Usage Notes, Battery Life, and Conclusion
Battery life was about average with the UX390UA, but with a 15W processor there is nothing to really complain about here. We use a 180 lux screen brightness (71% on this screen) for this test, and if you use a lower brightness setting (I am generally at 120 lux) then it should last much longer than 6.22 hours. The lower TDP part in the XPS 13 2-in-1 fared much better, though the ThinkPad X1 is quite impressive with its own 15W Kaby Lake CPU.
The Zenbook 3 UX390UA is a stylish-looking (if you care for the blue/gold color scheme) and in use was quite responsive thanks to fast solid state storage and that Core i7 CPU, but it was not perfect. I must mention the fan noise again, as any time the CPU did any sustained work during my evaluation period the fan would spin up audibly, and remain there for some time. The combination of a thin unibody chassis and a 15W Kaby Lake Core i7 CPU does work with a conventional active cooling system, but you will hear the fan quite a bit.
The machine itself is typical of the razor-thin aluminum designs that follow the MacBook Air (sorry Apple haters, this is the design template and worth mentioning). My own opinion on this design – be it Apple or ASUS or whomever – is that it is rather trite at this point. It's all a matter of preference, but I personally like designs that offer something more unique. But that was not my primary, everyday complaint – though it is hardly unique to ASUS with this ZenBook: it has only one I/O port. It is a trend that I strongly dislike, and I make no excuses for it on behalf of Apple or the companies who followed Apple in eliminating most of a laptop’s I/O. Yes, a bunch of dongles can be daisy-chained together to offer similar functionality to a useful design, but this is – at best – inconvenient. Still, credit ASUS for providing a practical dongle in the box, where Apple simply smiles and takes more of your money with zero adapters included with any portable machine.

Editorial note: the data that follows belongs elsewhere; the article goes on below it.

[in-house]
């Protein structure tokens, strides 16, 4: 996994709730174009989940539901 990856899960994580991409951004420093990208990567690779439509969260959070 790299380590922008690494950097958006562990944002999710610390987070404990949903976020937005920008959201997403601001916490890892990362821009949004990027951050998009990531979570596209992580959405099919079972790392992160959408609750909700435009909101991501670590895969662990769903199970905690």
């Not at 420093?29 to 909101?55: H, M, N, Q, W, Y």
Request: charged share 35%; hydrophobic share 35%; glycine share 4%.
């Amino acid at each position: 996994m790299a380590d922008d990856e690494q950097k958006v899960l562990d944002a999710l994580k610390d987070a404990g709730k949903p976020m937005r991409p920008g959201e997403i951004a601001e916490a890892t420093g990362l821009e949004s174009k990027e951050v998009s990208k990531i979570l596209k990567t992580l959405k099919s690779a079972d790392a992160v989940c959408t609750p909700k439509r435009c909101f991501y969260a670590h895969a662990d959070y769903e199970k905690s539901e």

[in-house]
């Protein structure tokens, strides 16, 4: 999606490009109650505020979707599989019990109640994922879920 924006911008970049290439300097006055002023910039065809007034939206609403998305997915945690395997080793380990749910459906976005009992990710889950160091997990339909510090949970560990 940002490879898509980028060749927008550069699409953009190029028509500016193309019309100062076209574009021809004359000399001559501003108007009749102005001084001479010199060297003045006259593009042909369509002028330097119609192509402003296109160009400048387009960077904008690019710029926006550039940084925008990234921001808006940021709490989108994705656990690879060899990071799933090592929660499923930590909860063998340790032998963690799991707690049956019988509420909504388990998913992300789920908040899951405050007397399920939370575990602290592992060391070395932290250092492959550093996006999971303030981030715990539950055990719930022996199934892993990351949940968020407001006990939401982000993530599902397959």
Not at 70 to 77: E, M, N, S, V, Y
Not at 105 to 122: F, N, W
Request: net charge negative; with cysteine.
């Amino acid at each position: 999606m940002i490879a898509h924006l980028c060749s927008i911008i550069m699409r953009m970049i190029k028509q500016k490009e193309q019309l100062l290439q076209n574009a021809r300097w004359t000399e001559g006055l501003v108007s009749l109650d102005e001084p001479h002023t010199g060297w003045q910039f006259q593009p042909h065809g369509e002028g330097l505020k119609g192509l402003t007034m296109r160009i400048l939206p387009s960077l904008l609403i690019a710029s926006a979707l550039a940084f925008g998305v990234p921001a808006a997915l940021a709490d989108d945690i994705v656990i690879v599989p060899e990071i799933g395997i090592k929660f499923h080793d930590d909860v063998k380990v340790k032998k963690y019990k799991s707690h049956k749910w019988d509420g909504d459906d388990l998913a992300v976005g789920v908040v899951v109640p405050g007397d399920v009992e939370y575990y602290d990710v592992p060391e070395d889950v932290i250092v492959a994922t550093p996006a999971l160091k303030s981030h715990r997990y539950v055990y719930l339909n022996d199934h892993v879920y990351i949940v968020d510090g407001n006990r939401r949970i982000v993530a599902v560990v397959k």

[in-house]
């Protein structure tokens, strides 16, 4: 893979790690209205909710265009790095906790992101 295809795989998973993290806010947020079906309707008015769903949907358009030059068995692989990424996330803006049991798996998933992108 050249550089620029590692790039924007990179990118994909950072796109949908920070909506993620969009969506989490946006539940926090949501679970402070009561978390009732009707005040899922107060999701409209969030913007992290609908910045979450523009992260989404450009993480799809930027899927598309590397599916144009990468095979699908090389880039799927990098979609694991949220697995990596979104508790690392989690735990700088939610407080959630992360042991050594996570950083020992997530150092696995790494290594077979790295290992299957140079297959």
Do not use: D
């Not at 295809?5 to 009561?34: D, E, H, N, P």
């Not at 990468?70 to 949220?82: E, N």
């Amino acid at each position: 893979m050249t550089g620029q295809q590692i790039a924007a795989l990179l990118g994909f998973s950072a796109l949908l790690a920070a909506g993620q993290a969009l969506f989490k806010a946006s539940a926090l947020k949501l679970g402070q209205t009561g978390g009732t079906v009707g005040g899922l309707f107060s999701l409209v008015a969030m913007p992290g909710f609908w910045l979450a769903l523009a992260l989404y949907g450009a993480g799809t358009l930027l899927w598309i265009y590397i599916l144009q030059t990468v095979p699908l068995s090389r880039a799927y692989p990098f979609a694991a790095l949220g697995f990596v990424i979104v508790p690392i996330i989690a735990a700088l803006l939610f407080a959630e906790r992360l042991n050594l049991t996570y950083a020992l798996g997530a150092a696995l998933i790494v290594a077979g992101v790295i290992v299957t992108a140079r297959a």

In closing, I found the ZenBook 3 UX390UA to be a capable laptop with an excellent display, solid trackpad, and very good overall performance (with some very noticable fan noise at times). Battery life was not exceptional, but certainly not bad considering the 15W Core i7 processor (which I discussed at length in the review). The color scheme of dark blue and gold was not one I would personally choose, but the laptop did offer a high level of fit-and-finish that made it attractive regardless. A price tag of ~$1450 at current pricing (there is already a replacement to this machine with the new UX490UA) isn't bad considering the spacious 512GB PCIe SSD and Core i7 CPU option, and if you pick one up you would immediately appreciate the solid – though very light – feel of this laptop. If you like the style and need these high-end specs, it's a good option.